Geoff Thomas
Geoff Thomas on fishing

Geoff Thomas: Harbour handled with care

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Multiple hook-ups on snapper are common on The Graveyard. Photo / Paul Thomas
Multiple hook-ups on snapper are common on The Graveyard. Photo / Paul Thomas

There is a lot of history on the Kaipara Harbour. You can feel it as you motor down the river from Parakai and head out into the wide open waters. At one stage, more shipping plied these waters than serviced the other side where Auckland City now sits overlooking the harbour bridge. The sailing ships carried the wealth of the times - slabs of kauri timber and the golden gum which would be transformed into varnish for elegant furniture.

That was 200 years ago. The shipping and the trade are long gone, a distant memory lost in the shifting sands. For that is where many of the ships ended their lives, as did some of the souls they carried.

Today, the only visitors to the treacherous waters inside the harbour entrance are those seeking fish, mainly snapper. This is water which teaches respect.

It has earned it and the familiar name The Graveyard echoes with the ghosts of the wrecked sailing ships that lie broken beneath the sands. Occasionally, shattered spars and bronze fittings are uncovered by the currents and the beaches offer rich pickings for those combing the sand.

Dunes stretch to the sky on the northern side and the tip of Muriwai Beach marks the southern side of the channel through which the tide roars every six hours. Everything here is on a grand scale.

The western horizon is a broken line of white water where the currents and ocean rollers do battle over a sandy bar that stretches for miles; the waves thrown up by the turmoil give an ominous warning to boaties to stay away. Currents race out at 9km/h and plans to harvest this energy to produce electricity concern those who fish these waters. Large sections of The Graveyard where giant underwater turbines will be located will be closed to fishing.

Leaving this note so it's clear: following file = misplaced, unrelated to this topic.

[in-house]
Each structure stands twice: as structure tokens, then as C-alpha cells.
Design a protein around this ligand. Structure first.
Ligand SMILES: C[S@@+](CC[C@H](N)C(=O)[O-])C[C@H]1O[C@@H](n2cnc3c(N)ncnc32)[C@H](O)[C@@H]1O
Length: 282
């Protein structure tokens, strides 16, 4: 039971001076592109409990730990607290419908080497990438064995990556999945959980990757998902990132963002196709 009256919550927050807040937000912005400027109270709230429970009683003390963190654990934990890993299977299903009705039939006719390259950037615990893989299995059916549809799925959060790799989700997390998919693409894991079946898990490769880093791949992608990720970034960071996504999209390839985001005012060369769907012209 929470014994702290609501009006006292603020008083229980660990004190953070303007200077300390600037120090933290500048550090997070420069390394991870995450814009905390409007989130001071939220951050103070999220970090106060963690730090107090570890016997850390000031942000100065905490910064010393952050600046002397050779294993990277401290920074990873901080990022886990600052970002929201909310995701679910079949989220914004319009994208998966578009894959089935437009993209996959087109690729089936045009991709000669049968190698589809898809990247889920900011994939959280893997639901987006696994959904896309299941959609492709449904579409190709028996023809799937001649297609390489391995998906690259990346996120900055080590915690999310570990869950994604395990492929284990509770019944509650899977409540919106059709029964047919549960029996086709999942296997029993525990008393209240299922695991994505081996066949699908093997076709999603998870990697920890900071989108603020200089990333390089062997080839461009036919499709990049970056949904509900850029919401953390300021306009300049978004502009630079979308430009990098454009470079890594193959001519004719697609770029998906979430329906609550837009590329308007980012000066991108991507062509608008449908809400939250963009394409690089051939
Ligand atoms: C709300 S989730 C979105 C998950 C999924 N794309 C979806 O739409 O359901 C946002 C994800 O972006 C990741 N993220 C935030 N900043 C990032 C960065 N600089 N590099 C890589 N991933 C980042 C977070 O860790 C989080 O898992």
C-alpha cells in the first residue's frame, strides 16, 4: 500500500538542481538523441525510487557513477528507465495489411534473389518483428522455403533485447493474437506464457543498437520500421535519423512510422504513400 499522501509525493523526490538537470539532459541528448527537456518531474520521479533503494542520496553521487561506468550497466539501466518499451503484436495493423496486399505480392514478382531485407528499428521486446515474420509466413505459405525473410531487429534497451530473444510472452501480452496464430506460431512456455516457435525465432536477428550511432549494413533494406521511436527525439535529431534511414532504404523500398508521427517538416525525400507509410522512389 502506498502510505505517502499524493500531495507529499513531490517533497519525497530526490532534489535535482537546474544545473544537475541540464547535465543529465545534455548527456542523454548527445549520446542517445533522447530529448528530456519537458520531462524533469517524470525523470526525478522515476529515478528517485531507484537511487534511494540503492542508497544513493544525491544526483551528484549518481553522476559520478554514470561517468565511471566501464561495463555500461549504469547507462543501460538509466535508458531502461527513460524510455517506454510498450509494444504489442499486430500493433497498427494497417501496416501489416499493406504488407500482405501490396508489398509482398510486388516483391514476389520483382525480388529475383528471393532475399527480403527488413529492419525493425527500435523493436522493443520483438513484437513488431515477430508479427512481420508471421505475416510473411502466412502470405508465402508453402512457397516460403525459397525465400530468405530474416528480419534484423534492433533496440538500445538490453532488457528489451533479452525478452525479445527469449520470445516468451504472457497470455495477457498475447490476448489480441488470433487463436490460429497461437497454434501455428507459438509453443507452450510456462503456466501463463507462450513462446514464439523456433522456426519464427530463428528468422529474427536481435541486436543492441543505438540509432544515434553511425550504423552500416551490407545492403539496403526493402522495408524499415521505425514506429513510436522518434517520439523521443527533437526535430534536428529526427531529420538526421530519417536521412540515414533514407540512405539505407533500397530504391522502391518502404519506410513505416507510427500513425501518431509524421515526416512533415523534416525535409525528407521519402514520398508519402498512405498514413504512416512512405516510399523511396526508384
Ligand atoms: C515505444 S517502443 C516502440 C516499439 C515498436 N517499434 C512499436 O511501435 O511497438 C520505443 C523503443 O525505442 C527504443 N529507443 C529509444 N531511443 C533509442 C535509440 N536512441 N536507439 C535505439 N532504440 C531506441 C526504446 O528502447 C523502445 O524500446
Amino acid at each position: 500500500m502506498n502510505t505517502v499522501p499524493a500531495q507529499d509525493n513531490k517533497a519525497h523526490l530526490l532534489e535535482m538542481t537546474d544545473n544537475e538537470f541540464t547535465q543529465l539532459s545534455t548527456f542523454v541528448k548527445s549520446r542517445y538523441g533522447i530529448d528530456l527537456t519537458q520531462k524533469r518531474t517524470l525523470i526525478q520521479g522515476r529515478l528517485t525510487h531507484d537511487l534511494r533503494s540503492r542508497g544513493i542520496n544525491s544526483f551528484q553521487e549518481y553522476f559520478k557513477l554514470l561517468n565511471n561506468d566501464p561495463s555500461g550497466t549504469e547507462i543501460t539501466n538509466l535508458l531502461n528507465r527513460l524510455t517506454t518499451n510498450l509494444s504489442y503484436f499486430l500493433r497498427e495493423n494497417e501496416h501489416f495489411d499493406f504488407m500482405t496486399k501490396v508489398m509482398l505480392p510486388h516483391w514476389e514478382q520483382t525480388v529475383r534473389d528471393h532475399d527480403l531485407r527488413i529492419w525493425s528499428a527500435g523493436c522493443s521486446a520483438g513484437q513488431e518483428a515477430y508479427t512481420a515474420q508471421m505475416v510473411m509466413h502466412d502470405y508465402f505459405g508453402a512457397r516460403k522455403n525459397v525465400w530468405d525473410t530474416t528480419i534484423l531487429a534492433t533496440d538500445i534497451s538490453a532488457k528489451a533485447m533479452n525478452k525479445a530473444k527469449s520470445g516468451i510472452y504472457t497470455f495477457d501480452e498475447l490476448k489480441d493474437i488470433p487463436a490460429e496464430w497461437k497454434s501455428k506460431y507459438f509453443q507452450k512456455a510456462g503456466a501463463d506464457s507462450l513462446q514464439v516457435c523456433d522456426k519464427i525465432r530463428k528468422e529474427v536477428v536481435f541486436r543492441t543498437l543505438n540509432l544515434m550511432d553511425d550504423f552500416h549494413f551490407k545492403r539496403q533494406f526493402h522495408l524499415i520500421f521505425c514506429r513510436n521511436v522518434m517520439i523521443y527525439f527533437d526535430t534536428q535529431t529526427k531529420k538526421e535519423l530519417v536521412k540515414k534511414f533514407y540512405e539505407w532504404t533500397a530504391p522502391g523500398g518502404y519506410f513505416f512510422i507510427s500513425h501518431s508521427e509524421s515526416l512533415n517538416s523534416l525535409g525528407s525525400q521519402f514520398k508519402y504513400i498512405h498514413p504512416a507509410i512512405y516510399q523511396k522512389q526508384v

Fishing tackle matches the water being fished, which may be only 20m deep but calls for sinkers up to 32 ounces to reach the bottom at the height of the tidal flow.

Many of the sinkers are home-made by pouring molten lead into a mould. They have a hole at the top and the whole system is designed to reduce the loss of tackle when the "Kaipara specials" strike; meaning the sharks turn up.

The harbour is rich in fish life and the prevalence of school sharks on the snapper grounds is testament to the huge population during the summer months. There are also great whites and they can be a problem for commercial long-liners, picking hooked fish off the line one after the other rather like somebody chewing along a corn cob.

The sinker has a metal ring or a plastic fence tie looped through the hole and this is then attached to a clip swivel on the line. This swivel slides above the swivel connecting the main line to the trace. So the sinker sits above the trace, which is anywhere from 2m to 10m long and 20-30kg breaking strain. This way, when a shark is hooked, all that is lost is some trace and a couple of hooks, as the shark's teeth either slice through the trace or the fisherman cuts the hooks off when the shark is at the side of the boat.

The standard practice with a two-hook rig is to have both hooks secured in one bait, usually a strip or a small fish. The Kaipara fishermen bait their hooks differently. With a second sliding hook above the hook tied to the end of the trace, they add two small pieces of bait - one on each hook so if one bait is lost there is still another. Bites are rarely felt in the strong currents and a hooked fish just feels like extra weight.

The other method of rigging the business end of the trace, which often scores two fish on each drop, is to have a hook at the end of the long trace with the second hook attached to a short dropper about half a metre above it. Recurved hooks are preferred as the fish will hook themselves.

Heavy sinkers need strong tackle and locals use powerful boat rods fitted with large-capacity star-drag reels loaded with braid line.

Snapper move into the harbour in the spring and fishing peaks in February, March and April. Then, as temperatures cool, the snapper move out and gurnard arrive, so there is good fishing to be found all year.

And, with gurnard fishing, you do not have to travel down to The Graveyard to find top action, you can catch them over the flats on a rising tide just about anywhere - even off the wharf at Shelly Beach.

Then there are the kahawai, which are often found in schools splashing on the surface, and kingfish can be targeted with live baits. Surfcasters drive down the beach from Dargaville to reach the sand dunes at Poutu on the northern side.

This is a harbour made for pottering around on. You can pull a net for mullet or flounder, or take a light and stalk the edge at night with a spear looking for a feed of flatfish. It is the sort of place a person could spend a lot of time exploring.

- Herald on Sunday

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